Sepoy Mutiny: An Indian Rebellion

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The purpose of this paper is to understand the cause and effects of Sepoy Mutiny -, an Indian rebellion in 1857-, and understand the processes of rebellion and how it is had affected the fight for Indian independence. It will also compare the mutiny to other rebellions and revolutions of different time periods and regions and how it relates to them their similarities. The Sepoy Mutiny is an example of a class rebellion which shaped Indian society, economy, government, and culture. It will discuss cultural involvement and economic loss caused by Britain to India. The mutiny led to class differences and mostly benefited the upper-class citizens. This also marked the growth of middle class in India and a the birth of nationalism among the mutineers. The religious conflicts among the three major religions of India, Hinduism, Christianity, and Islam, contributed to the causes of Sepoy Mutiny. Although some changes were beneficial and moral, Indians did not like any sort of inconsistency which can still be reflected in present-day India.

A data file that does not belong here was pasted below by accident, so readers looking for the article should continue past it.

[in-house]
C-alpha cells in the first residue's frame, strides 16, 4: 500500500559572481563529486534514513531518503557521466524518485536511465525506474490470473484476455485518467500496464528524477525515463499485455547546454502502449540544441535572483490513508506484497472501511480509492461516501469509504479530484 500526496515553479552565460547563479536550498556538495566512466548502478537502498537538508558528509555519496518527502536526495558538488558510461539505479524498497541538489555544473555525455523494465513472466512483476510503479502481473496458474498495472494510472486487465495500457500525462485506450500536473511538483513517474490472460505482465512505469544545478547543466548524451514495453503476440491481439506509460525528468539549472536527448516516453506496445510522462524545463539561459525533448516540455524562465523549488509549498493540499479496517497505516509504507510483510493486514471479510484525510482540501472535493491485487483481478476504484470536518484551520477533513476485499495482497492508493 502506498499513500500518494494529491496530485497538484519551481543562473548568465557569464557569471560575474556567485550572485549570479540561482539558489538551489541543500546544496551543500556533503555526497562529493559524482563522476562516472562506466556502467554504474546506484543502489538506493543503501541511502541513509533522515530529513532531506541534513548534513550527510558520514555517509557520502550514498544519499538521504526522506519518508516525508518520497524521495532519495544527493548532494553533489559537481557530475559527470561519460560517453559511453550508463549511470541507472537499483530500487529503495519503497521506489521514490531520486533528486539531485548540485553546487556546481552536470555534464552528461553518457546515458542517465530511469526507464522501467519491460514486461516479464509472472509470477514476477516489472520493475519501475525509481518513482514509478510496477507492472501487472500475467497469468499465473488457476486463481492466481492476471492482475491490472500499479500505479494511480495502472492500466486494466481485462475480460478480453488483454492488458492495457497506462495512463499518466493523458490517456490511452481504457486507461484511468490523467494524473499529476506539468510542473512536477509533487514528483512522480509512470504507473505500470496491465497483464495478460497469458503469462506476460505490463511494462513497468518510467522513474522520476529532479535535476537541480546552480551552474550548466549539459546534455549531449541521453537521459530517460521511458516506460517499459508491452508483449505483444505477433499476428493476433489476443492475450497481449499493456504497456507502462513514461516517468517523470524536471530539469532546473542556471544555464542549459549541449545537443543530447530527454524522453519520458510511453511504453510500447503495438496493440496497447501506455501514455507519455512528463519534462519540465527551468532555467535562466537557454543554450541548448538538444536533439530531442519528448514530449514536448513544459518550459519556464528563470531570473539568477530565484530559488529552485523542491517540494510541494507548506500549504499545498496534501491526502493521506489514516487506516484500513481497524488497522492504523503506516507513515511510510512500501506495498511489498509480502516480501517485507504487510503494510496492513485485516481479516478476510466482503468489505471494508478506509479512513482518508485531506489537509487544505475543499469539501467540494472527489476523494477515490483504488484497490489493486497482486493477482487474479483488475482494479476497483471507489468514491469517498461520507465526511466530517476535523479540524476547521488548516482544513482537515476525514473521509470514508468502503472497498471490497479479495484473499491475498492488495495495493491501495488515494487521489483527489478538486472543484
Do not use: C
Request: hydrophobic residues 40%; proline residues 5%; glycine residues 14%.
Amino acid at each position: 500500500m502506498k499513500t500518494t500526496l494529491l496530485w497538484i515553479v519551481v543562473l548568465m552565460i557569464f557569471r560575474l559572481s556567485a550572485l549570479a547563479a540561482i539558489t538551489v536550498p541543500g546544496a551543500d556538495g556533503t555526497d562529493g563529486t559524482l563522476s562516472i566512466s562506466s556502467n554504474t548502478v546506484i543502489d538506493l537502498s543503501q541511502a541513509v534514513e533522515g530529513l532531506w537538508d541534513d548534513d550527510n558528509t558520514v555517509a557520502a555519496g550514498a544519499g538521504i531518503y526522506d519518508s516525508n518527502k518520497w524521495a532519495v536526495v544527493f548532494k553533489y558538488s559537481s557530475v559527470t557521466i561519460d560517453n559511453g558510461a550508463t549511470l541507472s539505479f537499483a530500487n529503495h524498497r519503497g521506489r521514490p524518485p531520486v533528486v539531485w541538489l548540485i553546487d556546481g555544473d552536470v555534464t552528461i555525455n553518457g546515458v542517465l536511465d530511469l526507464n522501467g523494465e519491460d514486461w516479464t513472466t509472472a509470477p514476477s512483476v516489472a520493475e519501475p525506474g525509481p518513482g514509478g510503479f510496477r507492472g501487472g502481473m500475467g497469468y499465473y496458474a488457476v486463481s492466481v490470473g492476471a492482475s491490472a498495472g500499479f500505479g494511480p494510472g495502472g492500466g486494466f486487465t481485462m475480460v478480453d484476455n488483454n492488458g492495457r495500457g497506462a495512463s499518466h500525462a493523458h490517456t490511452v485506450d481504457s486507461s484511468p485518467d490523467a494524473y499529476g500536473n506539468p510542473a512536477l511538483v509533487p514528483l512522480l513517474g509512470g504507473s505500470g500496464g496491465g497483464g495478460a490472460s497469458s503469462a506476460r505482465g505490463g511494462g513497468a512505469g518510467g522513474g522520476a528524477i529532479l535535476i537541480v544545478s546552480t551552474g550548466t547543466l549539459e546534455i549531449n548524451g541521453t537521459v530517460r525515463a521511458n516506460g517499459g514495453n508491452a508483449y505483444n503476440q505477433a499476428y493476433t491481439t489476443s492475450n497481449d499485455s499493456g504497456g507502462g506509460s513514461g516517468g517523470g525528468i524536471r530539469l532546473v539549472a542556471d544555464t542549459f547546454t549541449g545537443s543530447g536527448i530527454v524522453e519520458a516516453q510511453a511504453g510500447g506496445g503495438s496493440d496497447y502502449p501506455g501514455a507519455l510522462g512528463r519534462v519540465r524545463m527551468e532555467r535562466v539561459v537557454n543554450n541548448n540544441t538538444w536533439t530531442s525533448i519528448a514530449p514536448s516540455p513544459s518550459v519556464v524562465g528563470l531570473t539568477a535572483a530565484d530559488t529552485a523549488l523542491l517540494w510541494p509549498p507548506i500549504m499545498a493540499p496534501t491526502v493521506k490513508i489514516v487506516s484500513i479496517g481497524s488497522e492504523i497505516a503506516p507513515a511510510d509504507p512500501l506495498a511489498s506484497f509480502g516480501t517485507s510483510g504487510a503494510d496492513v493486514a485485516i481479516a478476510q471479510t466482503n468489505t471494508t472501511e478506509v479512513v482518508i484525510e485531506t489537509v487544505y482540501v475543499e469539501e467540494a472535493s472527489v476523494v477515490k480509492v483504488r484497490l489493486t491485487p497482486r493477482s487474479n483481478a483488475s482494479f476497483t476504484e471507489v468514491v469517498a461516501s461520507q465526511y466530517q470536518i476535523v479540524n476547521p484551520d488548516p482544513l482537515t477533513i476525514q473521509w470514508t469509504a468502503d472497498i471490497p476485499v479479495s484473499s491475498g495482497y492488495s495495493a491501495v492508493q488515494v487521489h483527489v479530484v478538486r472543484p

During the reign of East India Company in
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Rudyard Kipling’s The White Man’s Burden describes how Europeans believed that humanizing and taming a society was only possible through the preaching of Christianity. As Great Britain began to colonize India, they sent in missionary officers in order to convert as many people as possible (Crowhurst). Previously, most of the Indian population comprised of Hindus and Muslims from the Mughal era. With the arrival of Christians, the social pyramid under British rule constituted of Christians on top, leaving Hindus and Muslims at the bottom, which angered the natives. This was abnormal for the general population as it was unacceptable for them to be controlled by a foreign group, indirectly pressurized to convert to a pagan religion (for the natives) and subjected to destroy their integral part of Indian

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